I typed ‘sleeping sheep’ into Google to see what would pop up.
I found a game called ‘Sheep Dash’ on a BBC website. It tests your reaction time to tranquillising the fleeing sheep. If you hit them, they go to sleep. It then gives you a result. I didn’t fare too well. Apart from a woeful speed statistic of 0.87 seconds average speed response time, I was given the badge “sluggish snail”.
Let me know how you fared?
What is it with all these scientists exploring the domains of fairy tales and legends?
When I created the invisible cloak cartoon, I discovered that scientists had actually achieved an invisible cloak (well, not exactly, but did a whole heaps of calculations and demonstrated on a small model). Thinking that flying carpets would be a no go zone, I was surprised to find a mathematician (and a team – can you imagine asking for a support team – how would that conversation go with your boss, I wonder) has proven mathematically it is possible. (See Telegraph post for those technically inclined).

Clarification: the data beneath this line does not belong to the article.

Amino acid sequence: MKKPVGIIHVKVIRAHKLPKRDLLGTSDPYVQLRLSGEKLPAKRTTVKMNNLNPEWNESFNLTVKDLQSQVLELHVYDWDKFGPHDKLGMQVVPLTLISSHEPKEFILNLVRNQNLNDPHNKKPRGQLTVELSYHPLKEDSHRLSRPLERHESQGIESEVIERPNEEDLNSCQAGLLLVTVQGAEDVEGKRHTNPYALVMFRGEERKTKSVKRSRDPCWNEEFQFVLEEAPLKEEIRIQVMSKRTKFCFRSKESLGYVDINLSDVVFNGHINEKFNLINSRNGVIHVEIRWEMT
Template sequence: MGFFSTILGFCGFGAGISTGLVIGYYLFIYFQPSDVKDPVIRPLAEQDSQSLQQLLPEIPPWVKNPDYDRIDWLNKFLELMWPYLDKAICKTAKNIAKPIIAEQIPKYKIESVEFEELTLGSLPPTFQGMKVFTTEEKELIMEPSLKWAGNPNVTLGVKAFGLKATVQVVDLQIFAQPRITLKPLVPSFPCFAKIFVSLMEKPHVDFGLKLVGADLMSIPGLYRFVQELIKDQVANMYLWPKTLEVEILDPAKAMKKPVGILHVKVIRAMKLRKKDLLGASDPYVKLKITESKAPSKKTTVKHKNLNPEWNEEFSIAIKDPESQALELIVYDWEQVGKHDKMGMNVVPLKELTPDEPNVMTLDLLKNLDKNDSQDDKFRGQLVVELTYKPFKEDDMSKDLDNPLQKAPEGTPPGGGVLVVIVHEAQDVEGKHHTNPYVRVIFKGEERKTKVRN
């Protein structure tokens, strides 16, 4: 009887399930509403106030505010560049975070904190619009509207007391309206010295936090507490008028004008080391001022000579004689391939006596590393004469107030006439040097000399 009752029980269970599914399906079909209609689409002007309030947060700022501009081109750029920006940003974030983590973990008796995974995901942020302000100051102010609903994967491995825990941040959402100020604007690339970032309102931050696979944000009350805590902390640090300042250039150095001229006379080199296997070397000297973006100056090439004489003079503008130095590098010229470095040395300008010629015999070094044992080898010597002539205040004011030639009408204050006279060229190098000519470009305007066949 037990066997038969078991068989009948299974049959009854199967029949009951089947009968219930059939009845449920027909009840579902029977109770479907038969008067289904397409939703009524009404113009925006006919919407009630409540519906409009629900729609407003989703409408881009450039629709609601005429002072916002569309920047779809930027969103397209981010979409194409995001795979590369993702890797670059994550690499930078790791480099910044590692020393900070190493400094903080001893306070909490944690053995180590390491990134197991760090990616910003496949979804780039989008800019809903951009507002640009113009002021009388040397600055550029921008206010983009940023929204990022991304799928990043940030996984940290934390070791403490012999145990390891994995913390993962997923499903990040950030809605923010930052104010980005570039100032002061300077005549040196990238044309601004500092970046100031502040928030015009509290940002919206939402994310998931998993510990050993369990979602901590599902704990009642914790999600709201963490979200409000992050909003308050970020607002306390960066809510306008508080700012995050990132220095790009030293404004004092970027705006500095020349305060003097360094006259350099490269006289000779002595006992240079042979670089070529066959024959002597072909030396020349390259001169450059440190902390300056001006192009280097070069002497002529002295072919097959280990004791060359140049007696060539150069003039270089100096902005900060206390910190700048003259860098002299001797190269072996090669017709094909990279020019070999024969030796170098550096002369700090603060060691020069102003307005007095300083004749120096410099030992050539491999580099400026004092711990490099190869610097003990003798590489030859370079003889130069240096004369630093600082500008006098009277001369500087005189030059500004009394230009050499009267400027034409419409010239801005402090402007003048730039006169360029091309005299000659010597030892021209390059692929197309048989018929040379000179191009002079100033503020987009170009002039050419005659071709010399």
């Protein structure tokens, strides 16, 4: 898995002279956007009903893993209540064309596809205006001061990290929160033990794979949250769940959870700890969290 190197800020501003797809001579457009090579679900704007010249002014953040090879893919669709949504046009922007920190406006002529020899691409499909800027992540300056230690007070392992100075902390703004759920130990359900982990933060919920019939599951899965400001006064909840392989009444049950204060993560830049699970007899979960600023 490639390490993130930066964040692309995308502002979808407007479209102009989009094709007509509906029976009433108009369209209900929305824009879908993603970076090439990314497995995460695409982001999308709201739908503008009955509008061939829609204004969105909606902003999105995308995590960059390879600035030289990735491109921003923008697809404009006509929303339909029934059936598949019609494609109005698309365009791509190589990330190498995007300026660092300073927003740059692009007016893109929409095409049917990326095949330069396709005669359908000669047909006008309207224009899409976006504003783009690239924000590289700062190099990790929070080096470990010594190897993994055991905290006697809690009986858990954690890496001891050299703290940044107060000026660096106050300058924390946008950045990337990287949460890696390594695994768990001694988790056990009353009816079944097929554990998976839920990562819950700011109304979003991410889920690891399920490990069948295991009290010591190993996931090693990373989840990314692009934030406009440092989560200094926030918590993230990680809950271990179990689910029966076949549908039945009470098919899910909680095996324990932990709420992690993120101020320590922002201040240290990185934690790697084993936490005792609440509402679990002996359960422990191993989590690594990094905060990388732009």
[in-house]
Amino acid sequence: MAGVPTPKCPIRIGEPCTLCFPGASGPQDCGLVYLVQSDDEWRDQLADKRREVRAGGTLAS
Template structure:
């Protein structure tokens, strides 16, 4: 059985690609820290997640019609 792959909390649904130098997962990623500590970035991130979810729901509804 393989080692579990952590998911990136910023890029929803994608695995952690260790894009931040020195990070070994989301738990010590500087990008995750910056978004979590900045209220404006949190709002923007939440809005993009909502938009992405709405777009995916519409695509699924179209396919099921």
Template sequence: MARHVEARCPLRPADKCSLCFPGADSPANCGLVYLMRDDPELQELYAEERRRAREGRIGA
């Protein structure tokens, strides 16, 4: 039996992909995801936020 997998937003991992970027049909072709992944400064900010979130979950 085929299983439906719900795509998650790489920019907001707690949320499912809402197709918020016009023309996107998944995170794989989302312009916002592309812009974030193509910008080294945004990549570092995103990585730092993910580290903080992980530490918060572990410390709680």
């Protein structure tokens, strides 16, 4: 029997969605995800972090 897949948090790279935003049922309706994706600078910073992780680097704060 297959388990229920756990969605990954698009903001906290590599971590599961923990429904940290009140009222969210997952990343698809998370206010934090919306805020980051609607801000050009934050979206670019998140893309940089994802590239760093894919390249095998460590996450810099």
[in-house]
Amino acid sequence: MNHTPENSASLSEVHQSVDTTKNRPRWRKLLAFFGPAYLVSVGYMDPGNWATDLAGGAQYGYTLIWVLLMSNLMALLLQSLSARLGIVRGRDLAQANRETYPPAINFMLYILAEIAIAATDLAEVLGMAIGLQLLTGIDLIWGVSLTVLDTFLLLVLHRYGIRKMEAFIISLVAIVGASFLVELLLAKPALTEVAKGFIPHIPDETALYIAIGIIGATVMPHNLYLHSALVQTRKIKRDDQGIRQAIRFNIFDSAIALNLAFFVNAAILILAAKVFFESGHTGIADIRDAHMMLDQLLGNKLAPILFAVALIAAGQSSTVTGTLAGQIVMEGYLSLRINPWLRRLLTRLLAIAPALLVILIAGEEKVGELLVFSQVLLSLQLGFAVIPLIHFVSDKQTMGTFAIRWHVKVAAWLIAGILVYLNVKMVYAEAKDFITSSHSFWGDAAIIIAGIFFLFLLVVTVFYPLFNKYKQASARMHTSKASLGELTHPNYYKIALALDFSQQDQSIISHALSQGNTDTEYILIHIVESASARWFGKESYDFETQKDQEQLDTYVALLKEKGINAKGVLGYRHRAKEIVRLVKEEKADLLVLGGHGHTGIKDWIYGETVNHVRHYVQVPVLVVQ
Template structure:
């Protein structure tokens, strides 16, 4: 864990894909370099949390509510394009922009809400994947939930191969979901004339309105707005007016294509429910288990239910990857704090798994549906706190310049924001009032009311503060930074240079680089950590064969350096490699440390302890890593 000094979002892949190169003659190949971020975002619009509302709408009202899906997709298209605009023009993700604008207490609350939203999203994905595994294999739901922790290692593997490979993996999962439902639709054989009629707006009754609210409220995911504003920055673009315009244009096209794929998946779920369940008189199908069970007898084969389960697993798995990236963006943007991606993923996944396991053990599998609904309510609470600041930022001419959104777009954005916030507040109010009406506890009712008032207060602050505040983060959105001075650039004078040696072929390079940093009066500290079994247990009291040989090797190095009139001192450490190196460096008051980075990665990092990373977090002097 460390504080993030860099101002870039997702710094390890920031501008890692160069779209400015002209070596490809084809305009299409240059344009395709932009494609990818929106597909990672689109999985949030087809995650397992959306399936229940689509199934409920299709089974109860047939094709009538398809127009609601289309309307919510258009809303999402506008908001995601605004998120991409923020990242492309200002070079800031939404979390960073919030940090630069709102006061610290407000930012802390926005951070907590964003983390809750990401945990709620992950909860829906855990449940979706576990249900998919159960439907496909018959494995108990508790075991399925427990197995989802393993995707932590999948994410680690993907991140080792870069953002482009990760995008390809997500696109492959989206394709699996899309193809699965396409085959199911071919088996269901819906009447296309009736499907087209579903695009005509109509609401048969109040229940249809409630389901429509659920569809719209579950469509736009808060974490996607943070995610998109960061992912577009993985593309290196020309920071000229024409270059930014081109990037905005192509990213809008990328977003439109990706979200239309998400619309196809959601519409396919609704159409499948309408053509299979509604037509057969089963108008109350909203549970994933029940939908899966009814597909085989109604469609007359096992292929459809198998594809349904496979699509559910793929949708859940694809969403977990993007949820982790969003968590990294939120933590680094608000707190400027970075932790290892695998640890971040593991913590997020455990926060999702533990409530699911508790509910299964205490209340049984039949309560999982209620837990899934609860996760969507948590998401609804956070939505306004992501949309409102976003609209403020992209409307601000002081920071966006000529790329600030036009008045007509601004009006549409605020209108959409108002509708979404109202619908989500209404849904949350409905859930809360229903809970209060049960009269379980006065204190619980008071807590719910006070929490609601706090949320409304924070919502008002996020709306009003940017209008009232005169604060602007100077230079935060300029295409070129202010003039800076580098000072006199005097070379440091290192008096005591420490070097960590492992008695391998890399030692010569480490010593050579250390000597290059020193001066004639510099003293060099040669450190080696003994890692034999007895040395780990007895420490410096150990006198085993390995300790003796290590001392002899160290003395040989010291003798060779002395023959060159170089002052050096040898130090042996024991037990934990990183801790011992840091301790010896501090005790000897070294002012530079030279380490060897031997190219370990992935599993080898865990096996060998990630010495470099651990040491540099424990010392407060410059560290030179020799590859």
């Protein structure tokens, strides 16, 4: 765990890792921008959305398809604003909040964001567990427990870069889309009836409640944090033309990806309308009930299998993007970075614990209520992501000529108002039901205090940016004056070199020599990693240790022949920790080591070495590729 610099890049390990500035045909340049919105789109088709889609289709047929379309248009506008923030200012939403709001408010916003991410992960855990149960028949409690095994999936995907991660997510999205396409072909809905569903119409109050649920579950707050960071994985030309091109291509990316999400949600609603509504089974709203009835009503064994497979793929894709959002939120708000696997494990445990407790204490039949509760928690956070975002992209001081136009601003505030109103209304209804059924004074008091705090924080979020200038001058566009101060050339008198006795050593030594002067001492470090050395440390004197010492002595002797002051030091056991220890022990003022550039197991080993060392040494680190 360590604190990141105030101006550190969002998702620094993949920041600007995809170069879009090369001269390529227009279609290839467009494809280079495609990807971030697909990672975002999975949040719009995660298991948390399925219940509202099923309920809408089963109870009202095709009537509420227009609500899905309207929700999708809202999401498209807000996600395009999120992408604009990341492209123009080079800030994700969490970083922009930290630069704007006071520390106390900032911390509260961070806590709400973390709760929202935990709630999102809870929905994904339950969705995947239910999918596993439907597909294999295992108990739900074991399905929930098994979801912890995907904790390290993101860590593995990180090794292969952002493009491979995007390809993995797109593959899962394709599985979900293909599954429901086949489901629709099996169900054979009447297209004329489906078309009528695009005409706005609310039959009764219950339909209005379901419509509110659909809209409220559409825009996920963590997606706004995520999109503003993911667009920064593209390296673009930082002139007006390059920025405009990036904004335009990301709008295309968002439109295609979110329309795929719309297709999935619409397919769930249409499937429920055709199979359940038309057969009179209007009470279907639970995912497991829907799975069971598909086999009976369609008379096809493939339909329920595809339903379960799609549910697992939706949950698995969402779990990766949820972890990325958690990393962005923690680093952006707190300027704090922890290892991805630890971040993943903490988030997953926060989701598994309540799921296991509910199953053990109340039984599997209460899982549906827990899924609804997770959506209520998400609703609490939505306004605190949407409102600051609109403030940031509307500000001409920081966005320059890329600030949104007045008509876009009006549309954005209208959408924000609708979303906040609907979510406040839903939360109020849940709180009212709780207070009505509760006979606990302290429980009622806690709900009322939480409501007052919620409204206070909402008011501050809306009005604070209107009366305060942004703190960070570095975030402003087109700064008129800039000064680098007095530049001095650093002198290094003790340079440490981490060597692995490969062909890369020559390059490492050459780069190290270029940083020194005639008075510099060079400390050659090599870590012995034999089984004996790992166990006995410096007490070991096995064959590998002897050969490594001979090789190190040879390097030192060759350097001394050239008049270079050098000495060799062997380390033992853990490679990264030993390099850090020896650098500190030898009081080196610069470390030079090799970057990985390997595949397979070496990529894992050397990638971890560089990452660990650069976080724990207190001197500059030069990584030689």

To a scientist, this means it’s possible in theory, but to an engineer, this means the next trick is to achieve this in practical terms.
What other cool things in fairy tales do you wish were possible? You may find some scientist and their support team are busy trying to make it true, just for you!
Don’t think this train is aerodynamic enough to beat the current world train speed records. During trials, the French V150 clocked 574 km/hr in 2007 (conventional rail) and the Japanese MLX01 clocked 581km/hr in 2003 (unconventional train – it’s that whizz bang magnetic one).